New York and Paris: Juliette Halioua Ltd. and Adrien Maeght Editeur, 1973. Leporello-style accordion-form color lithograph printed by Ateliers Arte, Paris, 73 x 12 inches; 1854 x 305 mm. Folding into original cloth portfolio with color lithograph mounted on cover. A fine bright copy with a few tiny insignificant stains. Item #405186
A FINE ARTISTS BOOK. The Swiss artist Warja Lavater is best known for her accordion-form artists books, nearly all of which are re-tellings of classic fairy tales that use pictographic representations rather than text. Lavater was one of 7 women artists to attend Ernst Keller's class at the Fachklasse für Grafik an der Kunstgewerbeschule Grafik in Zurich. Her education in drawing led her to open a studio for applied design in Zurich in 1937 with her future husband Gottfried Honeggar, focusing on logos and commercial design.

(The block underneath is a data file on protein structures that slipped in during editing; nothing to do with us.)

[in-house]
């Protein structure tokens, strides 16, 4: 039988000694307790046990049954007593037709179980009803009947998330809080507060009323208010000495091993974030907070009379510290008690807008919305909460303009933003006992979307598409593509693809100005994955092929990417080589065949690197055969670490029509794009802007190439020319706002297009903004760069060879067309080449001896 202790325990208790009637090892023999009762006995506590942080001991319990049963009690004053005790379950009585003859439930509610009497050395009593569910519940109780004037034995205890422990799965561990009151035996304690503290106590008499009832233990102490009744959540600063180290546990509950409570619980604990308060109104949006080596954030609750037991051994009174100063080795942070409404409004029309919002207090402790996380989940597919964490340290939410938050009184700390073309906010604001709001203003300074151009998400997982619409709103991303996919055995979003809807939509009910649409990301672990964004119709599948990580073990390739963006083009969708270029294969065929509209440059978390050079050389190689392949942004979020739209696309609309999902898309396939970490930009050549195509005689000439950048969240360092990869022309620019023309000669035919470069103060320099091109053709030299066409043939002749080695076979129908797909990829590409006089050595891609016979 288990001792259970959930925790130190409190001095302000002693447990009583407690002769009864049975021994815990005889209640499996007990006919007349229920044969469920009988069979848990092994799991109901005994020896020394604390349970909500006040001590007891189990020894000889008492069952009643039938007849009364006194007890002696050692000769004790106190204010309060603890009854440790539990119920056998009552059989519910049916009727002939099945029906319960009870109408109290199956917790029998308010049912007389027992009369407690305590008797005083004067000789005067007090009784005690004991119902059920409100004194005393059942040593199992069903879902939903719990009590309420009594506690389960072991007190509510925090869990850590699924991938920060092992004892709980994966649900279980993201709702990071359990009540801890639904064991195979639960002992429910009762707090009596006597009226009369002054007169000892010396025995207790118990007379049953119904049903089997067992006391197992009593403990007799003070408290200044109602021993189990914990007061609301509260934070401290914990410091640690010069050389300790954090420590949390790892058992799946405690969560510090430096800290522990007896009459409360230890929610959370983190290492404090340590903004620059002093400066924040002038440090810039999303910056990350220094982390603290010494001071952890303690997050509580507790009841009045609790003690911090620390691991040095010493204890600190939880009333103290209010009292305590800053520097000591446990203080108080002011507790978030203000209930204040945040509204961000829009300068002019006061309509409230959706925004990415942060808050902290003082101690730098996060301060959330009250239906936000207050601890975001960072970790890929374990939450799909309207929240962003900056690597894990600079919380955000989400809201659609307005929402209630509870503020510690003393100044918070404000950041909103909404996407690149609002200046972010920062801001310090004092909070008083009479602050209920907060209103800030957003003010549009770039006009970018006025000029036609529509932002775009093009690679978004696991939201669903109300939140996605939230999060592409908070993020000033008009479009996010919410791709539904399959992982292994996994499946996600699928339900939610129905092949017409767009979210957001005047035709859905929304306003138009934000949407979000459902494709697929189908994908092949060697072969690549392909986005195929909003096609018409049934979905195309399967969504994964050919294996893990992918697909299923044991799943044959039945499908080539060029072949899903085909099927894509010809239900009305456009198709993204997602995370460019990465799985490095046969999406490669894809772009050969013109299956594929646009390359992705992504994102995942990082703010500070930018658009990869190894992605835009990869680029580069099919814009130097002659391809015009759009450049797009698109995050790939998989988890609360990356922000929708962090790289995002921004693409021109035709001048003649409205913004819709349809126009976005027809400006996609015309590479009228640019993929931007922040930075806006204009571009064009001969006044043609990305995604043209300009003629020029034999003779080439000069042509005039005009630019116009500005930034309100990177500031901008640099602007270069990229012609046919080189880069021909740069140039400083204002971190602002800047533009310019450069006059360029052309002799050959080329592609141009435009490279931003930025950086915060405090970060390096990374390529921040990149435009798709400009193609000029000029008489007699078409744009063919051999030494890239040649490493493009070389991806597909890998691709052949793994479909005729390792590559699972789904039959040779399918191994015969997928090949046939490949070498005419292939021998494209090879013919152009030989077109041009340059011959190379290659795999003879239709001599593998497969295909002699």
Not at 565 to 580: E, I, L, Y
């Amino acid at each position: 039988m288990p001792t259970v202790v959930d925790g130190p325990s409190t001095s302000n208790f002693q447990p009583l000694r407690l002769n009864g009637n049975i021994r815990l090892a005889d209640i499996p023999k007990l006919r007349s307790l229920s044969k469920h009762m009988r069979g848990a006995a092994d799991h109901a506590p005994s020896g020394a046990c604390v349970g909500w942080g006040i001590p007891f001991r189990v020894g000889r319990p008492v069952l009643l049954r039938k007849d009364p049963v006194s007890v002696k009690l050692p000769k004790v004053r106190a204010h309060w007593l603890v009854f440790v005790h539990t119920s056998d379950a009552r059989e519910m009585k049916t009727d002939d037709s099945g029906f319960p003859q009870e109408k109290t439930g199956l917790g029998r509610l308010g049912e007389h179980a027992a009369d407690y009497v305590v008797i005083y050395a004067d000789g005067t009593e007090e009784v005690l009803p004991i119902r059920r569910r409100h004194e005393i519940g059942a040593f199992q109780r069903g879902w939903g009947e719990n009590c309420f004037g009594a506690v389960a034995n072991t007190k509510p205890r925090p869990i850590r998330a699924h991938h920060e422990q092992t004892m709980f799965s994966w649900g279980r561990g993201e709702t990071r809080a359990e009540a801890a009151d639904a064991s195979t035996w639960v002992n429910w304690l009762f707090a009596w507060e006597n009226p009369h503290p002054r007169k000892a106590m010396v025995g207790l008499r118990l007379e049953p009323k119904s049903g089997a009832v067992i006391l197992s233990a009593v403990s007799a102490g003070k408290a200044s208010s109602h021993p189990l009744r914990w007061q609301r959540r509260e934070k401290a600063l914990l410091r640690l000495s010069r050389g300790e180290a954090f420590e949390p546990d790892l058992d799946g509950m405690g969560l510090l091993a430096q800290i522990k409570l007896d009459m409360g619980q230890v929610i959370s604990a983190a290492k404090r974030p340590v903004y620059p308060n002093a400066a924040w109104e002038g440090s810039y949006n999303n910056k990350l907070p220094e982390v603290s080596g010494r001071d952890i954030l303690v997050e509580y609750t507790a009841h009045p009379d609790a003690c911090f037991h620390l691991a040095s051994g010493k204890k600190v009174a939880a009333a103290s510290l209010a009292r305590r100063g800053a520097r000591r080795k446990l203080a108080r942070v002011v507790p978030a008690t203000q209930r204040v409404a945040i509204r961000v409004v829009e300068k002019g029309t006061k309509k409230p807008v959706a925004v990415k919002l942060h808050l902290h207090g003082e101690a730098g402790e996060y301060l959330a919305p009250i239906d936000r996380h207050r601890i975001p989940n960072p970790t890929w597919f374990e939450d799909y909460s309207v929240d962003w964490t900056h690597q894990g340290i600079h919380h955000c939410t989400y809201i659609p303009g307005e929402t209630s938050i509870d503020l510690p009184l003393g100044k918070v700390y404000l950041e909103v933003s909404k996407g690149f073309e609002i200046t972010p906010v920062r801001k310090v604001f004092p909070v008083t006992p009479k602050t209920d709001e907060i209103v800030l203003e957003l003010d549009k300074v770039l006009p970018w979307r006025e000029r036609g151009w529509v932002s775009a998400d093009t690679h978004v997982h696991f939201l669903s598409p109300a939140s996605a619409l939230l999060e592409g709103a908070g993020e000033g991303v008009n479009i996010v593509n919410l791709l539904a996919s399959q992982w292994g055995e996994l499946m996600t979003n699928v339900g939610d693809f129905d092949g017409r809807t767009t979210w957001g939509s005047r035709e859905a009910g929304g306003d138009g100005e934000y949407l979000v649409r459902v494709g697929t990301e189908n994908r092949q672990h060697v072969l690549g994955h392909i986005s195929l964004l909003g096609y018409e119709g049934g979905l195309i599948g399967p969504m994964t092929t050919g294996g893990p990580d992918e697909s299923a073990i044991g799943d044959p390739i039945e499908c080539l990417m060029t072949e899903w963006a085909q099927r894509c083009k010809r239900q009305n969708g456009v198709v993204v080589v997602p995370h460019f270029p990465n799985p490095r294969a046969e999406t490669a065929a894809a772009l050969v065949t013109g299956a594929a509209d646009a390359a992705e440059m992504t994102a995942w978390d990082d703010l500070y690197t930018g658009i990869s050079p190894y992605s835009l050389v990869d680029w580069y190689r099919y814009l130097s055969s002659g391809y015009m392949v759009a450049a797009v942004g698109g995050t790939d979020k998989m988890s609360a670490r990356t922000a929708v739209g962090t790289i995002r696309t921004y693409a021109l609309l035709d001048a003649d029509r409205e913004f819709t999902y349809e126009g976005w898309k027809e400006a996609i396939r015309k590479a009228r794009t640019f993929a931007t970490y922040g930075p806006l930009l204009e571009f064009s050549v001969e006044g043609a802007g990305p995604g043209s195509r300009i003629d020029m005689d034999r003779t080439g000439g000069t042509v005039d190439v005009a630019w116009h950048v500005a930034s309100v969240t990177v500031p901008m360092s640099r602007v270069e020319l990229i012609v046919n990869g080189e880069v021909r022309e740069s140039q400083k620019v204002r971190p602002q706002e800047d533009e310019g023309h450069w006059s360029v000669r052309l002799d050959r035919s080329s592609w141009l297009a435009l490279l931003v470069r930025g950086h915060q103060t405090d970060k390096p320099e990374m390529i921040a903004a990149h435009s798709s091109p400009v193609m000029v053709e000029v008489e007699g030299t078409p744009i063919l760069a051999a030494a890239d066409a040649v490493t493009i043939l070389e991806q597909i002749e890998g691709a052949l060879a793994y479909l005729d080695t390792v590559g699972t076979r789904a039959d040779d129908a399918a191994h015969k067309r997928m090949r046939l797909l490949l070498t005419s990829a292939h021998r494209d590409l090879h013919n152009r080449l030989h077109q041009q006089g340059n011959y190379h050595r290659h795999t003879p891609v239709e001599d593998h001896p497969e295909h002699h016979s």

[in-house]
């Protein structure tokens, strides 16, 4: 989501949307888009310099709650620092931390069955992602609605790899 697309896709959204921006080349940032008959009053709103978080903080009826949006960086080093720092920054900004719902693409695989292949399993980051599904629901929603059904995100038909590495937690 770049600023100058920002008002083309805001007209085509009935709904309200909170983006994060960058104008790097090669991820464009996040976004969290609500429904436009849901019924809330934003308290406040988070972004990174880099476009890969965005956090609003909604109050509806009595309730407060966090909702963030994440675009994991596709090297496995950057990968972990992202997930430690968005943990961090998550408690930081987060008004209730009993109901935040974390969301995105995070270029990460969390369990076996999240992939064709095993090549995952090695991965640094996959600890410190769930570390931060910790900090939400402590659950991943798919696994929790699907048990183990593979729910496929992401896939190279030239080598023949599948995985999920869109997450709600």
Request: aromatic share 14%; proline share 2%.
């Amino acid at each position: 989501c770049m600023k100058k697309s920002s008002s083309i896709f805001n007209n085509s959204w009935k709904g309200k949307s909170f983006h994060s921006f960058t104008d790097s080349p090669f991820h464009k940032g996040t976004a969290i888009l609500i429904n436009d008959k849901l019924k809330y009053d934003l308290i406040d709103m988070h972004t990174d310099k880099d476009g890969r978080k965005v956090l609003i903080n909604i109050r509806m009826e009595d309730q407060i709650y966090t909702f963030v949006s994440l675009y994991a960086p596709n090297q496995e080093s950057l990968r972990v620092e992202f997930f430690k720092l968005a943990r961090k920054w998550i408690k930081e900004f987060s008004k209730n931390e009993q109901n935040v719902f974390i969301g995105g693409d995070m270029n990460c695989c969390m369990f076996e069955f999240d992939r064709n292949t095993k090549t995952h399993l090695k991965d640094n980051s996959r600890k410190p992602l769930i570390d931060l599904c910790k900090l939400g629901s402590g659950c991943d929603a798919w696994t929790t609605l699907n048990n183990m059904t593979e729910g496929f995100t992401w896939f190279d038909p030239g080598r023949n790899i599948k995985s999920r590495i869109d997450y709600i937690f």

After she moved to New York in 1958, Lavater was struck by American street advertising, and began to incorporate pictograms as linguistic elements in her designs. MoMA published her 'William Tell' as an accordion-form single-sheet lithograph in 1962. She, with support from her publisher Adrien Maeght, pursued this form throughout the remainder of her career, as evidenced in this treatment of the Sleeping Beauty tale.
Quite scarce: WorldCat lists only three copies (Zentralbibliothek Zürich; SUNY Buffalo; and UCLA). A single copy is recorded at auction since its publication.